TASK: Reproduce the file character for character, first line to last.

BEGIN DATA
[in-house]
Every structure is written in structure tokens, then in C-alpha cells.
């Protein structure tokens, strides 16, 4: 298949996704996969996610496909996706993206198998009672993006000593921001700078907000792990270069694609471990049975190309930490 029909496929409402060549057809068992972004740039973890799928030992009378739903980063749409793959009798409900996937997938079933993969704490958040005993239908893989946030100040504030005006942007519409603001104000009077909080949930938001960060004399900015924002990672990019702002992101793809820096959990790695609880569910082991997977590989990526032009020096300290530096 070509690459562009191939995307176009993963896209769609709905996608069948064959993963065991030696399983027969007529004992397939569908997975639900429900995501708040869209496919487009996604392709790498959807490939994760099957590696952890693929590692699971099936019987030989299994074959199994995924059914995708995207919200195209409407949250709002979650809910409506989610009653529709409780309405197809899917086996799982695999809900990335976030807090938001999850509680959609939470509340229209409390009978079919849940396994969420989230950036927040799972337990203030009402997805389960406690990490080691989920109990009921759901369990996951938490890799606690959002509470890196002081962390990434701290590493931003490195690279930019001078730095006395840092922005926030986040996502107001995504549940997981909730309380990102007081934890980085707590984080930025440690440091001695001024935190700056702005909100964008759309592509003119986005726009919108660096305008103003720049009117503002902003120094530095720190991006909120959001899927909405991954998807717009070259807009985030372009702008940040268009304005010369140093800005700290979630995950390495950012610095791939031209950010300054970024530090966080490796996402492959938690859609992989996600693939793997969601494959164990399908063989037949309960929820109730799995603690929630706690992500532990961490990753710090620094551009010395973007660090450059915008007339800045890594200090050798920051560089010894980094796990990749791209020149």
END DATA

[in-house]
Every structure is written in structure tokens, then in C-alpha cells.
């Protein structure tokens, strides 16, 4: 298949996704996969996610496909996706993206198998009672993006000593921001700078907000792990270069694609471990049975190309930490 029909496929409402060549057809068992972004740039973890799928030992009378739903980063749409793959009798409900996937997938079933993969704490958040005993239908893989946030100040504030005006942007519409603001104000009077909080949930938001960060004399900015924002990672990019702002992101793809820096959990790695609880569910082991997977590989990526032009020096300290530096 070509690459562009191939995307176009993963896209769609709905996608069948064959993963065991030696399983027969007529004992397939569908997975639900429900995501708040869209496919487009996604392709790498959807490939994760099957590696952890693929590692699971099936019987030989299994074959199994995924059914995708995207919200195209409407949250709002979650809910409506989610009653529709409780309405197809899917086996799982695999809900990335976030807090938001999850509680959609939470509340229209409390009978079919849940396994969420989230950036927040799972337990203030009402997805389960406690990490080691989920109990009921759901369990996951938490890799606690959002509470890196002081962390990434701290590493931003490195690279930019001078730095006395840092922005926030986040996502107001995504549940997981909730309380990102007081934890980085707590984080930025440690440091001695001024935190700056702005909100964008759309592509003119986005726009919108660096305008103003720049009117503002902003120094530095720190991006909120959001899927909405991954998807717009070259807009985030372009702008940040268009304005010369140093800005700290979630995950390495950012610095791939031209950010300054970024530090966080490796996402492959938690859609992989996600693939793997969601494959164990399908063989037949309960929820109730799995603690929630706690992500532990961490990753710090620094551009010395973007660090450059915008007339800045890594200090050798920051560089010894980094796990990749791209020149």